Plantar warts are caused by the Human Papillomavirus (HPV). There are over 100 different strains of HPV. Some strains can cause harmless warts on your fingers, while other strains can cause venereal warts, which have been linked to cervical cancer in women.
Plantar warts are not dangerous, although they can be painful. The virus thrives in moist, warm areas -like the foot. They are contageous, but only moderately so. It is possible to pick up the plantar wart virus in the public shower of your community swimming pool or high school gym, but members of a family who use the same shower, might not catch the virus if one member brings it home. Plantar warts can spread easily from one part of the foot to another through scratching or touching the wart. Therefore, you might start with one wart, and within a short period of time, you might end up with many warts.
It is not necessary to treat a plantar wart unless it becomes uncomfortable. However, if you decide to get rid of your wart, be sure to consult with your doctor to make sure what you have is indeed a plantar wart and not something else, like a callus.
Doctors have several remedies to treat plantar warts. Cryosurgery uses liquid nitrogen to freeze the wart. Freezing causes the plantar wart to die and slough off. Since HPV is very hearty, it may take a few freezing treatments to get rid of the wart for good.
Often, the doctor will treat a plantar wart by creating a medication called Cantharidin - which is an extract from a beetle, and combining it with salicylic acid. The mixture is applied to the wart and then covered with a bandage. This treatment irritates the wart over time, causing it to die and disappear. The treatment is not painful, but can irritate your skin if you are sensitive to it.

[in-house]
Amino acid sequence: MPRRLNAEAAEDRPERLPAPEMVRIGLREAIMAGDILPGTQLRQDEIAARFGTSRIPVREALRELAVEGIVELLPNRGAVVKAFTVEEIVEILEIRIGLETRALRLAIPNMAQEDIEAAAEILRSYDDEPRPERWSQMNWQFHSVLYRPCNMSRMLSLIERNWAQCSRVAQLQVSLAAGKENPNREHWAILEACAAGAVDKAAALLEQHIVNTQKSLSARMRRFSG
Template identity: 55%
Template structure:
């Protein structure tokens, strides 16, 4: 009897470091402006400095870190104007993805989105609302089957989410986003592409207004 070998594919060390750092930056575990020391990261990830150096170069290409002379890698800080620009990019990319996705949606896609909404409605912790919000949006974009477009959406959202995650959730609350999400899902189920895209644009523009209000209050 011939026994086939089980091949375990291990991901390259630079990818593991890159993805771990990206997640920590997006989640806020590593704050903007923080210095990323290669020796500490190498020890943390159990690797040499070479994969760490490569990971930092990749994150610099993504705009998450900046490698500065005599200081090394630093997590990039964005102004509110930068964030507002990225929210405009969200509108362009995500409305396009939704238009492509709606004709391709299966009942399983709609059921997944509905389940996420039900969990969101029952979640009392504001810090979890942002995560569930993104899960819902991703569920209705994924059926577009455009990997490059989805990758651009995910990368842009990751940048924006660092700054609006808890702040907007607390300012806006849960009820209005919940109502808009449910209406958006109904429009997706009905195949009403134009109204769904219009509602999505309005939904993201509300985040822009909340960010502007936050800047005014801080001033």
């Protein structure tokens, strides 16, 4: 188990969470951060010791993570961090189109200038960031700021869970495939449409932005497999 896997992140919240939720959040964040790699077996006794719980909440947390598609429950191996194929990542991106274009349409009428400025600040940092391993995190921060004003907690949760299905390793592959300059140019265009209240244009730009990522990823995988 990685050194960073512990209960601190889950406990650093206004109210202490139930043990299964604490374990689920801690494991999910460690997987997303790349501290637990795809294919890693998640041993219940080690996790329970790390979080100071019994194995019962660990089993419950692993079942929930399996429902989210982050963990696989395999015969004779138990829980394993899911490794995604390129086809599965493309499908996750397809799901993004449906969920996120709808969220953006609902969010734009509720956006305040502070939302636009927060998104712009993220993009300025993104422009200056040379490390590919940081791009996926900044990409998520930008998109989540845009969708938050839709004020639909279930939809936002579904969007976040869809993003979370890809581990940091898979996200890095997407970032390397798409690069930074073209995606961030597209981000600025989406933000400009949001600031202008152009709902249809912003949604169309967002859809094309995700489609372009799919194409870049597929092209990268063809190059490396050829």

Minor surgery, using an electric needle or a laser is sometimes used in treating stubborn plantar warts. These treatments can be painful and are pretty expensive.
If you decide to treat your plantar wart at home, you can find several treatments at your local drug store for that purpose. Some treatments such as Dr. Scholl's Clear-Away Plantar, Curad and Mediplast, use salicylic acid to disolve the wart over a period of a few weeks. Other treatments, like Compound W Freeze-Off and Dr. Scholl's Freeze-Away are non-prescription cryotherapy products you can use to freeze the wart in the comfort of your own home.
Surprisingly, a lot of success has been reported using everyday, houshold duct tape to get rid of plantar warts. A piece of duct tape is placed over the wart for 6 days, then the tape is removed and the wart is washed and rubbed with a pumice stone or emery board. Another piece of duct tape is placed over the wart and the process is repeated for up to a couple of months until the wart disappears. Doctors believe the duct tape "therapy" works by irritating the wart, causing the body's own immune system to respond and kill the virus.